In Indiana, at least, it ain't easy being green.
The Sierra Club knows this well. It's trying to reduce Indiana's heavy reliance on coal for electricity, and it's meeting resistance from state lawmakers and the governor who say Indiana has enough coal reserve to last for centuries, even at the current consumption patterns.
Utilities are reluctant to change, too, when they are so heavily invested in coal-fired power plants. More than 80 percent of electricity in Indiana comes from coal. Those utilities are generous and effective lobbyists, too.
So how does the Sierra Club try to get its message out in this political environment? By catering to Tea Party principles.
The Sierra Club message in Indiana promotes empowering individuals, just like the Tea Party.
Jodi Perras, the Sierra Club's Indiana representative, said Indiana's net metering program — which allows Hoosiers with excess electricity from wind and solar to put it back into the grid — favors the utilities, not the individuals.
Utilities are powerful, especially in the Statehouse.
Making matters worse, Indiana lawmakers pulled the plug this year on the Energizing Indiana program, which has been effective in reducing the need for additional power generation.
Gov. Mike Pence refused to sign Senate Bill 340, letting it become law without his signature. Pence promised to propose an alternative in the next session.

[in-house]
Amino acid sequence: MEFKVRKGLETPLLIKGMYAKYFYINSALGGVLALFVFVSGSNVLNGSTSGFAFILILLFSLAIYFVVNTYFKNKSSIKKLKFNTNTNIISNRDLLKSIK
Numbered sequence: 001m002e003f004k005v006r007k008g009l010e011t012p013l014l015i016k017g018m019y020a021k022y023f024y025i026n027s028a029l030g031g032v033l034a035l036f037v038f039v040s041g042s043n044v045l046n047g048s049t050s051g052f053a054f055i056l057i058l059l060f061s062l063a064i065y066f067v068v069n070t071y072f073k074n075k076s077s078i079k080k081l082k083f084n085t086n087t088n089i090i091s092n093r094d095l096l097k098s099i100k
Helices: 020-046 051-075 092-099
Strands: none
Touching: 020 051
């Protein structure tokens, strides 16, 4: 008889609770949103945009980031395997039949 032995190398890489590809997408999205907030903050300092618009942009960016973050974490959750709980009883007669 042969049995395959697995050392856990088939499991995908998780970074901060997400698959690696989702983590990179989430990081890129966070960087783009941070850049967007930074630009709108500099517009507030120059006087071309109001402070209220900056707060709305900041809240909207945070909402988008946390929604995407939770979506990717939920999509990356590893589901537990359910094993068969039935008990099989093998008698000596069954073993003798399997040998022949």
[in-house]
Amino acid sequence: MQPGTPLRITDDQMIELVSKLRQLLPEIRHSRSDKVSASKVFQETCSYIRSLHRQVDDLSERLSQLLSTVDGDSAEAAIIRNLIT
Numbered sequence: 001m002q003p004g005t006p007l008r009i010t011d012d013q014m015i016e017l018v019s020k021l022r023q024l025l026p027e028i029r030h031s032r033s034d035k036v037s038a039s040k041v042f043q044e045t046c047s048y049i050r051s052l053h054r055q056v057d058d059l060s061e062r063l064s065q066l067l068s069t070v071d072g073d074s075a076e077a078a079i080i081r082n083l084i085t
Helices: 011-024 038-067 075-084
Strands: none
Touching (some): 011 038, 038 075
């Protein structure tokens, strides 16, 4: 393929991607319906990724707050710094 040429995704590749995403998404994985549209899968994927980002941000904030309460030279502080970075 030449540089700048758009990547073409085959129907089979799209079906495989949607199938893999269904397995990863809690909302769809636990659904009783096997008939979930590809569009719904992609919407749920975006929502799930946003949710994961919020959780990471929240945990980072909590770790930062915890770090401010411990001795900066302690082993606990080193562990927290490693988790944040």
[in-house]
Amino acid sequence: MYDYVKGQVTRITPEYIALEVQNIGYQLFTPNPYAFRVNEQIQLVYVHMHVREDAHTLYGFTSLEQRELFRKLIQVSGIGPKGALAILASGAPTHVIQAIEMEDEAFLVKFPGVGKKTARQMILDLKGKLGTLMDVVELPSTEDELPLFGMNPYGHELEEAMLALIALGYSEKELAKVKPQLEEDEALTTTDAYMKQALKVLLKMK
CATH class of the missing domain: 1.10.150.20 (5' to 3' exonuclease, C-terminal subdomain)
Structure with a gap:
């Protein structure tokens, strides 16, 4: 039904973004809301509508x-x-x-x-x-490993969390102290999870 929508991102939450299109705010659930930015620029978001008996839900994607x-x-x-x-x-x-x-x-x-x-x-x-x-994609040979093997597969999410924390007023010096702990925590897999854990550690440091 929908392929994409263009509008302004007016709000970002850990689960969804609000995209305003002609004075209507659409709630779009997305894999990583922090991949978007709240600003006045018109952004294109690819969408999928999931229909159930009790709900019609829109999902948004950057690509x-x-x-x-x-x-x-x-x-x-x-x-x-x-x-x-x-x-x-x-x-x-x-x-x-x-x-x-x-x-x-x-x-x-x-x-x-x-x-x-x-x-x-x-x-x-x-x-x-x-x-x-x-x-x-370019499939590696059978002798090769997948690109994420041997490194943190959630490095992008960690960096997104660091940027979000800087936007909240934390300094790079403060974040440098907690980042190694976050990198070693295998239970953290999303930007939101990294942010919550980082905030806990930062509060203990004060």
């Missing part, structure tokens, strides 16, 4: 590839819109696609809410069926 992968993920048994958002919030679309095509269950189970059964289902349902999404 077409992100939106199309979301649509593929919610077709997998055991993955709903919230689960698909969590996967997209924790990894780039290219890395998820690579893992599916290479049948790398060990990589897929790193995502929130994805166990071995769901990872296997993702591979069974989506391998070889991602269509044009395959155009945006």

Sierra Club is trying to promote energy efficiency and alternative fuels so Indiana's aging coal-fired power plants can belch less smoke.
Perras said Energizing Indiana could have helped Indiana meet new Environmental Protection Agency rules calling for Indiana to reduce greenhouse gas emissions by 20 percent.
"Half of that could come by just giving us the energy efficiency program back," Perras told The Times Editorial Board recently.
She also wants to make coal-fired power plants more efficient.
"There's a lot of wasted heat. There's a lot of wasted energy," she said.
But mostly Perras wants more emphasis on wind and solar power — not to replace coal, but to reduce the need for it.
Solar power, she explained, "is produced when we're awake, at peak times," so the need to burn coal during the day could be lessened by investing more in solar energy. That includes research, not just installations.
"Really smart people are working on energy storage, and that's going to break one of these days," Perras said.
The U.S. Department of Energy is funding research at Valparaiso University's James S. Markiewicz Solar Energy Research Facility, one of about five such operation in the nation.
Solar needs to become less expensive to install, and that means providing the right incentives for customers.
A new Illinois law requires the Illinois Power Agency to purchase solar power for a portion of the state's electricity needs. Among other things, it encourages homeowners' use of rooftop solar panels to sell any leftover power back to the grid.
Indiana could use stronger incentives for this, too.
"It's a race for clean energy we're not even in," Perras said. "I mean, we're getting lapped."
Natural gas powers some power plants, and that burns cleaner than coal. But there are issues with fracking, leaks and other environmental threats to deal with.
So wind and solar are looking really good right now.
"The wind and the sun are going to be there long after the coal is gone," Perras said.